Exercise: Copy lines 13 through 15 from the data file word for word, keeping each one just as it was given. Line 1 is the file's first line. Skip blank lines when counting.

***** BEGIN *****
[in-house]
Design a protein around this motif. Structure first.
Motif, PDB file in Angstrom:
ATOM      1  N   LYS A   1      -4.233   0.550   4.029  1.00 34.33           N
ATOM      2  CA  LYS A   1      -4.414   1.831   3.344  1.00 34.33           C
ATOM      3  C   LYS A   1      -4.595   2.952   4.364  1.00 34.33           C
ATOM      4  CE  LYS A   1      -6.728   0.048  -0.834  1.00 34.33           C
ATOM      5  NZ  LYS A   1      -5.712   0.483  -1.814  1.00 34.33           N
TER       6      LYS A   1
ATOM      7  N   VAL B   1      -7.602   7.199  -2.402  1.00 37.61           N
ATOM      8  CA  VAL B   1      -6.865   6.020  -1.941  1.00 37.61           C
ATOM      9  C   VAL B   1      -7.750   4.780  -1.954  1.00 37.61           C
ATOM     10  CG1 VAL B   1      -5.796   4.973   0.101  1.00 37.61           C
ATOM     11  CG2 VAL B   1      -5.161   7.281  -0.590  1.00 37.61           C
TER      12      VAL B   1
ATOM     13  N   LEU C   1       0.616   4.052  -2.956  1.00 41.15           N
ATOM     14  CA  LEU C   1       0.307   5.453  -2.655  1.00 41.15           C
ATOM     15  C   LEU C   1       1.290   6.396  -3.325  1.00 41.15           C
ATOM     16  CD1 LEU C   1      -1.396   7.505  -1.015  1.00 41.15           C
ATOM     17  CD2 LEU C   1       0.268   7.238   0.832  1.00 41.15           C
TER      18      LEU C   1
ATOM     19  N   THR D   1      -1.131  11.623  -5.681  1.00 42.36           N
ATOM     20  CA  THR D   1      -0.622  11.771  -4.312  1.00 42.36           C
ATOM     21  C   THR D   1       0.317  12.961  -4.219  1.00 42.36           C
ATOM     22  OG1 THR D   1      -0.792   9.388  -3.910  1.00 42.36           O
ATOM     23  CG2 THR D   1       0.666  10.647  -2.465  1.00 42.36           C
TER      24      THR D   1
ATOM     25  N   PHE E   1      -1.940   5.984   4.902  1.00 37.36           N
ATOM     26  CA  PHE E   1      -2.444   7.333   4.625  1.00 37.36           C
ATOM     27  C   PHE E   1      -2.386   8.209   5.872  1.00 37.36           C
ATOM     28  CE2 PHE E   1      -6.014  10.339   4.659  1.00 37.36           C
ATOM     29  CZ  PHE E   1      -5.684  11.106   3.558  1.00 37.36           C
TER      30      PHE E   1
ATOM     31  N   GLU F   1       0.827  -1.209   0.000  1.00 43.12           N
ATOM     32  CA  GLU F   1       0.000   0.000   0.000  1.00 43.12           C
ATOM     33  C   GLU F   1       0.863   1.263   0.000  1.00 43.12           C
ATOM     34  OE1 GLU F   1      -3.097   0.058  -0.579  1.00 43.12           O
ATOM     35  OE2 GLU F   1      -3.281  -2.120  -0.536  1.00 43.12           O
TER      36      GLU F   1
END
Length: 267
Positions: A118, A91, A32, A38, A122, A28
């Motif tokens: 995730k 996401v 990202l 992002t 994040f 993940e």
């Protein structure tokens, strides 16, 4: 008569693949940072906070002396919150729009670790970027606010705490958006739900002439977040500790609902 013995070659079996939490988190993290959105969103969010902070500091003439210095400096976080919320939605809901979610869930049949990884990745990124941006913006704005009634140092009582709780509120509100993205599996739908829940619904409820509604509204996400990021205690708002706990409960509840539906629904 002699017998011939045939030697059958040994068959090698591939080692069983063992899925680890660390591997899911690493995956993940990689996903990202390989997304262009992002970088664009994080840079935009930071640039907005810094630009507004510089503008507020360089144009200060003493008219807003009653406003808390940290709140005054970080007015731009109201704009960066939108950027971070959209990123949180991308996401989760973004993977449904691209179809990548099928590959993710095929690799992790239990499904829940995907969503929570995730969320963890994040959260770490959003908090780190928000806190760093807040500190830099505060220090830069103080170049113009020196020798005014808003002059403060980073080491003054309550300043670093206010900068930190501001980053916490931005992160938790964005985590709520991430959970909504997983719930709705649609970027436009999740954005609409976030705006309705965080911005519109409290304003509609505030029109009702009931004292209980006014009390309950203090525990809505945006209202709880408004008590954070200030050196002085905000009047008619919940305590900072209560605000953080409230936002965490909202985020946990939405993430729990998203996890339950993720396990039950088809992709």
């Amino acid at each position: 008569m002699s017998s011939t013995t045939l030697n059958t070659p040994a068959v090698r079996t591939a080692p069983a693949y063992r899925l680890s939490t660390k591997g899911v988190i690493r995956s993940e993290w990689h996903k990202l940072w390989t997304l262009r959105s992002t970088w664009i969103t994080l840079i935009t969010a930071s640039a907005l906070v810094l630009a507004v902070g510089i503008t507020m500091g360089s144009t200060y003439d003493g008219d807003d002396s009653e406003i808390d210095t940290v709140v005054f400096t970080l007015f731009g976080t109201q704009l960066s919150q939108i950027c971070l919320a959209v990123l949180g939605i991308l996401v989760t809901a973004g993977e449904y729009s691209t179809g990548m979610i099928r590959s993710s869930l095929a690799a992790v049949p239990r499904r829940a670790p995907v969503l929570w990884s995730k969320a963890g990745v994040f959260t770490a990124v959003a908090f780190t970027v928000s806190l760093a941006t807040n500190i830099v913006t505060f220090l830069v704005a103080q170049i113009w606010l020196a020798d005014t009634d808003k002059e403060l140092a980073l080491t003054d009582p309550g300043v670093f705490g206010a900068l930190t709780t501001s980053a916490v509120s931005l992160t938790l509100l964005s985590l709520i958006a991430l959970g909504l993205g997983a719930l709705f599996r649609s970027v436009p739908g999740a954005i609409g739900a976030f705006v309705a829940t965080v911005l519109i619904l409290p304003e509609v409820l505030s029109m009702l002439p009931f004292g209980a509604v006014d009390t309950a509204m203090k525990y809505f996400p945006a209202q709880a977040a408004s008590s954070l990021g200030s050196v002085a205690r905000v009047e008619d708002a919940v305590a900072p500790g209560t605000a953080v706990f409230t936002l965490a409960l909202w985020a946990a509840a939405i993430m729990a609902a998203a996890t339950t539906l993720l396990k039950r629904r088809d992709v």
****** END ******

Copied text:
ATOM     10  CG1 VAL B   1      -5.796   4.973   0.101  1.00 37.61           C
ATOM     11  CG2 VAL B   1      -5.161   7.281  -0.590  1.00 37.61           C
TER      12      VAL B   1